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Re: Classification: A Definition
On 5/22/07, Graydon <email@example.com> wrote:
On Fri, May 18, 2007 at 10:53:56PM +0100, Mike Taylor scripsit:
> Graydon writes:
> > > No, no, _alpha_ taxonomy, the naming of species and genera.
> > > Those we will never get rid of.
> > I am uncertain of that.
> > Specifically in paleontology, it's unclear that species level
> > resolution is possible at all, never mind generally, so the
> > question ought to be pretty much moot.
> Species or genus -- doesn't matter which, we need one of them.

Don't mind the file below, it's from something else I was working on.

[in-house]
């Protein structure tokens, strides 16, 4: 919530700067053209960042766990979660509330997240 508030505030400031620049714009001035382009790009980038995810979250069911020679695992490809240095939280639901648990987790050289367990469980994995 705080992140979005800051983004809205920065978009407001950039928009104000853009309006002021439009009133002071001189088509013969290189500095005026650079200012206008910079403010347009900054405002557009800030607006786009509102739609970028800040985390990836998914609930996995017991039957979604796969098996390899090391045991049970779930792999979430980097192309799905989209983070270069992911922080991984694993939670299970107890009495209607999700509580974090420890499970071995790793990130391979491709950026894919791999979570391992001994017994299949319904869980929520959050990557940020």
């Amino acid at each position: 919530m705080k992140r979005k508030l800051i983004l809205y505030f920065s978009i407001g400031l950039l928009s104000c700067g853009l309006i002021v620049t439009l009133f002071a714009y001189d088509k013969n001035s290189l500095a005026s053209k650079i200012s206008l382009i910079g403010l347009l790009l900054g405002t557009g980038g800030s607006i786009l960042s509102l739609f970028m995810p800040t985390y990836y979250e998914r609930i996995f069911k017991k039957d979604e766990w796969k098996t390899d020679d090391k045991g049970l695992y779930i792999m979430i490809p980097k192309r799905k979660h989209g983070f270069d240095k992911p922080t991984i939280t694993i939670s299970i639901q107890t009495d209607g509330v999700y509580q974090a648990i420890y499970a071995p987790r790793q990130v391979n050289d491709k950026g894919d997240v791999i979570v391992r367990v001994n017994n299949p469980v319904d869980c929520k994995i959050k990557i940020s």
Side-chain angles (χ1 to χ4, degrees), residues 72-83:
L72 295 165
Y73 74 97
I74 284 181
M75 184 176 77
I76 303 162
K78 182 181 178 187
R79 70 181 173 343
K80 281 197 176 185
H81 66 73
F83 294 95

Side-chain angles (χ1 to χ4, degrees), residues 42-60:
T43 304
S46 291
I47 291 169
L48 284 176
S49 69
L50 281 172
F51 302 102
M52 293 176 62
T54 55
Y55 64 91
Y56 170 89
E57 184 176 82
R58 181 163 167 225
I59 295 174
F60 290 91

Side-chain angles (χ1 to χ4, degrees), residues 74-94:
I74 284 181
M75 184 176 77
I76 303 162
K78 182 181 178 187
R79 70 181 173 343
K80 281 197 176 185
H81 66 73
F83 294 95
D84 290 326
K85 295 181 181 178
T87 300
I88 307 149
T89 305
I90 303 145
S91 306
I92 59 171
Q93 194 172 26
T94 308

We need a label that people can remember and say for a specimen or a
group of specimens. We don't need to attach a meaning beyond "this
non-empty list of specimens" to the label, though. I think it could be
argued that in paleontology one *should not* go beyond that, because
there isn't enough information to do it.
When you say a list, do you mean a literal list, or a potential one? I
mean, it may be possible and worthwhile to list every brachiosaur
specimen, perhaps every dinosaur one, but it certainly won't when we
get to fossil bivalves or diatoms.
Why can't you be a non-conformist just like everybody else?